“Early practitioners and philosophers were not afraid to use these vessels. Li encouraged all of his students as herbalists and acupuncturists to honor and practice the highest level of medicine by incorporating these vessels into their treatments. In this way, he believed practitioners could serve the highest purpose.” (pg.13)
Practical and useful advice for the clinical management of patients with acne
Some of you may already know my first book Treating Psoriasis with Chinese Herbal Medicine. I am very excited to introduce my new book, which has been just released, which is called Treating Acne and Rosacea with Chinese Herbal Medicine. It is the second book in my series on dermatological diseases and zooms in on another of the most common skin conditions of today: Acne. The book covers prescriptions and treatment options with Chinese herbs for all types of acne and TCM syndromes. In addition to this, and for better understanding and assisting in your practice, a separate chapter on acne rosacea is included.
As crucial as Chinese herbal medicine is in the treatment of acne is, I always say – never let a patient go home without giving suitable dietary advice. As well as a good diet can improve the skin, an improper diet can worsen the skin. You and I know this from our daily practice. With the following information, I would like to give you an insight into how general diet rules work best and which ones you can give to your patients with acne.Continue reading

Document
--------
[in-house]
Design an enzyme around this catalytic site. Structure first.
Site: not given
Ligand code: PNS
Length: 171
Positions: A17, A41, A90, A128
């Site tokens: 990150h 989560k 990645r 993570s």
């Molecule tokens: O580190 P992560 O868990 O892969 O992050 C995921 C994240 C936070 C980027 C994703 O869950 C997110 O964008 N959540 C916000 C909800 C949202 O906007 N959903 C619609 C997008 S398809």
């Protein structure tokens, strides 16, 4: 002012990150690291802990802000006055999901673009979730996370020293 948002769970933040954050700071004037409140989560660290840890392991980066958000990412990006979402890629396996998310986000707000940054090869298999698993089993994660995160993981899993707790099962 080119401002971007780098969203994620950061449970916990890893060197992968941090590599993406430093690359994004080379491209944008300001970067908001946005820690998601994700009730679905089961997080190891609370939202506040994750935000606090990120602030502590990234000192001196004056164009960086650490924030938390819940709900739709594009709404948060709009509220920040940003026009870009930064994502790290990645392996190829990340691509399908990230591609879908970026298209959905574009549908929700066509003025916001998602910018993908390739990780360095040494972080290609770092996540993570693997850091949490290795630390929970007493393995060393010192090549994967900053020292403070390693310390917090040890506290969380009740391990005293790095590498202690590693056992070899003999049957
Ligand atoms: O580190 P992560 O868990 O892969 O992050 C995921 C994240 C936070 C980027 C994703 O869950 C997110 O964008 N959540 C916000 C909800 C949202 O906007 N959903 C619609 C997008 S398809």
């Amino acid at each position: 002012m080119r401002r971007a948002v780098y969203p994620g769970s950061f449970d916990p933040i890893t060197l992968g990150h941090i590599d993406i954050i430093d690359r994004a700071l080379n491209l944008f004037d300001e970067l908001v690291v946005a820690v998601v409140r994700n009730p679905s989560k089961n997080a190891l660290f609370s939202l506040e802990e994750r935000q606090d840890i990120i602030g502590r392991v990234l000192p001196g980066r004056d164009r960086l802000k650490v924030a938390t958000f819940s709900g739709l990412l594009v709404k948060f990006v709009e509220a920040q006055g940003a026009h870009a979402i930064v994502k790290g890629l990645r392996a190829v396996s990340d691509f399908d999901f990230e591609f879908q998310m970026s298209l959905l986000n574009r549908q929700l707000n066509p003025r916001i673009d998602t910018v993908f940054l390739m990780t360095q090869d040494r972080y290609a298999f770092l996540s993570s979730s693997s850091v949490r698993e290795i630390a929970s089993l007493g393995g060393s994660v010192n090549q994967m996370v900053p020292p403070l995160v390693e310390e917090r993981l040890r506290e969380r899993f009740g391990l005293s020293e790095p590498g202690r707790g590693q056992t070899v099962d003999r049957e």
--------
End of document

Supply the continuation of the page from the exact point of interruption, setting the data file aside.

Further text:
Sandra Robertson is a Practitioner of Chinese Medicine in Victoria, B.C., Canada. She is the author of Treating Children with Chinese Dietary Therapy. You can find more information at Nourishlifemedicine.com.
I recently spoke on a podcast and the subject of “processed food” came up frequently during the interview. After we had concluded I realized that I could have elaborated on the different levels and methods that are utilized in the processing of food. Not all processed food is unhealthy and in our often-busy lives, it’s helpful to make a distinction so we can choose efficiently and wisely for our health. Nowadays our grocery store aisles contain food products that have been hugely altered from their original states in ways that would have been unimaginable 100 years ago. Many staples such as bread, yoghurt, cereal, and baked goods have gone from being just simple processed food items to becoming ultra-processed food (UPF). Awareness and education of what we think we are eating and what we are actually eating is crucial not only to our own health but for the health of our children and grandchildren born into this world of quick, easy and addictive food products.Continue reading